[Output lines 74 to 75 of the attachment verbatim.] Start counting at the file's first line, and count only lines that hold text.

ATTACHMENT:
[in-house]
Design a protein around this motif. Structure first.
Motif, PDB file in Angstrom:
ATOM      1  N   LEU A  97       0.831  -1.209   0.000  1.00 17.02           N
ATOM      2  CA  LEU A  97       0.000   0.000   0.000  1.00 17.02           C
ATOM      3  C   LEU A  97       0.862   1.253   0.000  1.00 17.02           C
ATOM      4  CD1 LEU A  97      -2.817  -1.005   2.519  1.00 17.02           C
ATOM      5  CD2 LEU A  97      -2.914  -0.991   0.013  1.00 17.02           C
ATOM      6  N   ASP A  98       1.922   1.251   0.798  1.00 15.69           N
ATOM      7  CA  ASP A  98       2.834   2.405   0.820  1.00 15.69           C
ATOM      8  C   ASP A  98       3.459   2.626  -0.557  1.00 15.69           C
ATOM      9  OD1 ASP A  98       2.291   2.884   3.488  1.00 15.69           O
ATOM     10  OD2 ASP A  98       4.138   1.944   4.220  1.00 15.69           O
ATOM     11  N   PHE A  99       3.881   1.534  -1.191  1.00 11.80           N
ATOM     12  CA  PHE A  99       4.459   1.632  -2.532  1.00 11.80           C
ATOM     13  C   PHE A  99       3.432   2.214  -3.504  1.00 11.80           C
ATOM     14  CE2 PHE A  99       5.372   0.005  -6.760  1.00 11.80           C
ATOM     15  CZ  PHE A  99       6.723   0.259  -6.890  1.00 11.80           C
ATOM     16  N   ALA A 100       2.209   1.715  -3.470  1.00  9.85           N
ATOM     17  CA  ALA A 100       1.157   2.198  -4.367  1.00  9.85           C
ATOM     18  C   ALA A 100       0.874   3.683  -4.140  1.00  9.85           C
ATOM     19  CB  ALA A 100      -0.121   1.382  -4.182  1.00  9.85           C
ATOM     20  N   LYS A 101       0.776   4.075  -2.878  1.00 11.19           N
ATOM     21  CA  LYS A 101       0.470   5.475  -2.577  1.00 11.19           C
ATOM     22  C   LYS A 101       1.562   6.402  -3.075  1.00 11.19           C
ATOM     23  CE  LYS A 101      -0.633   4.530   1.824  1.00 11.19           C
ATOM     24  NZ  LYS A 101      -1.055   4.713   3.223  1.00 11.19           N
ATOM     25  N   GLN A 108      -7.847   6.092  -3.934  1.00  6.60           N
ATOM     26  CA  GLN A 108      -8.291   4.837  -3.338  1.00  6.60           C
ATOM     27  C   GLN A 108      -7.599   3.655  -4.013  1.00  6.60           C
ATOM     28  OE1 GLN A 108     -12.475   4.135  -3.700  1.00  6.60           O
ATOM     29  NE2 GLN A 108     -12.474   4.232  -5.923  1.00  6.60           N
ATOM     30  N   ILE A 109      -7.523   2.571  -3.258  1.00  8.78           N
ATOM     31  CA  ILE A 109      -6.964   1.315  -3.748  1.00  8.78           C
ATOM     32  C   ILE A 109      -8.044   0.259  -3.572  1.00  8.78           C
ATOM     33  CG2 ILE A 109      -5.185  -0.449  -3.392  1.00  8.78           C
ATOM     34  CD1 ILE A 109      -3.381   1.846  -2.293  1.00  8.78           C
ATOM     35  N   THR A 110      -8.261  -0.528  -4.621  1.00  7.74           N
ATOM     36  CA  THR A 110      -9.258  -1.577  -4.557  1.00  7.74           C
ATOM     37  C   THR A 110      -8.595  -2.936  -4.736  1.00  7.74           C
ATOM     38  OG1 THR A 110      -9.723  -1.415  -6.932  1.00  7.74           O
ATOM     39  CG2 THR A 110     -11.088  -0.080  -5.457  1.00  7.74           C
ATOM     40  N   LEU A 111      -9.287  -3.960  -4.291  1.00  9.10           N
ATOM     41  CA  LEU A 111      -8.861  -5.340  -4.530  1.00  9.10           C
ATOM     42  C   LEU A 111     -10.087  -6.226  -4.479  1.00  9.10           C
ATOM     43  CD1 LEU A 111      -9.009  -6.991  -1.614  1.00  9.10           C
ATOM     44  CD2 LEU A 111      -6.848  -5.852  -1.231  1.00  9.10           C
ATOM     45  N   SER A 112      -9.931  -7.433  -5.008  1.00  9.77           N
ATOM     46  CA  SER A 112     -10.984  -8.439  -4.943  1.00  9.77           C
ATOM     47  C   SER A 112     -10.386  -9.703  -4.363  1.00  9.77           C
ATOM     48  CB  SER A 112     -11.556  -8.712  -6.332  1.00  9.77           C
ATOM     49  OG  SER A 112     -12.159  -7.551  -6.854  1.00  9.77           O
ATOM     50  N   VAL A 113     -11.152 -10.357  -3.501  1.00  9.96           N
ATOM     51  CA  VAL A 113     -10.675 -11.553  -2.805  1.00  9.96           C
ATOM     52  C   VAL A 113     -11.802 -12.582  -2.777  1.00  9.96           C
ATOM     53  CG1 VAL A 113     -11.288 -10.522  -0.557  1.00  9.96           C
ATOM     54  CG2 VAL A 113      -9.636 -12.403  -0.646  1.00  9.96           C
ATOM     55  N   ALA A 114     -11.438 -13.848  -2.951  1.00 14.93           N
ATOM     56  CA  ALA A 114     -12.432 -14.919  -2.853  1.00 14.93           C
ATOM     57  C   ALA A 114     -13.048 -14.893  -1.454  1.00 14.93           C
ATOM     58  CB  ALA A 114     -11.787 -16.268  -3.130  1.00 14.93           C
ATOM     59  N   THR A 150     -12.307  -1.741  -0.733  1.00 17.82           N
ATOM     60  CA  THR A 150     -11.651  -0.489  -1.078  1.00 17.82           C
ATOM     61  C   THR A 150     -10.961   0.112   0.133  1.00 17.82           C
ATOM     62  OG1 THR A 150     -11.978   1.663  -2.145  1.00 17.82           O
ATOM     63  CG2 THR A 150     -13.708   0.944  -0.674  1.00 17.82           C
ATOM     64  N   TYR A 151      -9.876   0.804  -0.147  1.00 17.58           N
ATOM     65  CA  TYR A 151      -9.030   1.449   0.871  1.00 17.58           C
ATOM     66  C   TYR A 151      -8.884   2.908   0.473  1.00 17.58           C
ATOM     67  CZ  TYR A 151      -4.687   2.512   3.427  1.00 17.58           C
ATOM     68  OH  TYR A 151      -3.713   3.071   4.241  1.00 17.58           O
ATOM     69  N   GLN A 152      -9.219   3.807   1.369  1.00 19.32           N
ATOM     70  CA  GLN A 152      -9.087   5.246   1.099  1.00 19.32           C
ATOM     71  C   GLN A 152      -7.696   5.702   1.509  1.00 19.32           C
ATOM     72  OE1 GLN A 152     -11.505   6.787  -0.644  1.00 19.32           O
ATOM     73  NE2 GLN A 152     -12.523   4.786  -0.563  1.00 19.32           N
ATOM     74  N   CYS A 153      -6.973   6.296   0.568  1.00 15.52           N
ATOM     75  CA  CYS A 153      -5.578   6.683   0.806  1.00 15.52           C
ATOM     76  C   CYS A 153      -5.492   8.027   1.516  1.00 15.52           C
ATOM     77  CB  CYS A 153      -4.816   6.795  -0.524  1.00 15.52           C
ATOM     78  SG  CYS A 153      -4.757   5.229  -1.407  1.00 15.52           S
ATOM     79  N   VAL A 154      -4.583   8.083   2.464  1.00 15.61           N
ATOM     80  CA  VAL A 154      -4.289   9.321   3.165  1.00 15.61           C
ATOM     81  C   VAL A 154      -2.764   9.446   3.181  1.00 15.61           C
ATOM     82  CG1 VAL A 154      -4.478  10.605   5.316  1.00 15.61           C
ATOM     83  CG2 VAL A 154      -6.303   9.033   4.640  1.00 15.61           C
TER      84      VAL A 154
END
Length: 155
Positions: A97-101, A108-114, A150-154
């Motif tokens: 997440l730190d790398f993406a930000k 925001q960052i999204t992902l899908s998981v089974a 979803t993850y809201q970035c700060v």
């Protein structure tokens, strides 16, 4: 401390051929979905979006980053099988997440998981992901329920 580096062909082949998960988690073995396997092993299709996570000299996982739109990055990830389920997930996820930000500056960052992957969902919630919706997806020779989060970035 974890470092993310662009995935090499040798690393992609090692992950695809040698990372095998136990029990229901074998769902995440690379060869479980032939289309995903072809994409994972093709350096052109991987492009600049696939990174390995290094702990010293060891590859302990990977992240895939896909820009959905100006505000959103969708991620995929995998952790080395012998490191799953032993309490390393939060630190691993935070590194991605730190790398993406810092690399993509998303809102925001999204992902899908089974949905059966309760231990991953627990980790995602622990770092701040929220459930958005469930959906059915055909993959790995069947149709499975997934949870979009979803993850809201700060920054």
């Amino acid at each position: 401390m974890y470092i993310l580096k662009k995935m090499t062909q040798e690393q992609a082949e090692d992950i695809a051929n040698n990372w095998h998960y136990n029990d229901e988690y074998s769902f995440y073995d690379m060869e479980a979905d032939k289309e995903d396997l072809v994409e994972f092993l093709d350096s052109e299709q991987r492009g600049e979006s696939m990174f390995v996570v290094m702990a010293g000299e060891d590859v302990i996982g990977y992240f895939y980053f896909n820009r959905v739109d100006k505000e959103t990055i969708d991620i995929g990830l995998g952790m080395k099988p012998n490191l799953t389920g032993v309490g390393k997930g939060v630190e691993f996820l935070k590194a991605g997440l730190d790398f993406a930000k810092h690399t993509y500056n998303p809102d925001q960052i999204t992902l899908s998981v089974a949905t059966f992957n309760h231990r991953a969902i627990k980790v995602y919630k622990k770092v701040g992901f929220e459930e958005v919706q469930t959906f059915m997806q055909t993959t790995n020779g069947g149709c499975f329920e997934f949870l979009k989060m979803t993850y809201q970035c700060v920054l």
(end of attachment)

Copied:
ATOM     71  C   GLN A 152      -7.696   5.702   1.509  1.00 19.32           C
ATOM     72  OE1 GLN A 152     -11.505   6.787  -0.644  1.00 19.32           O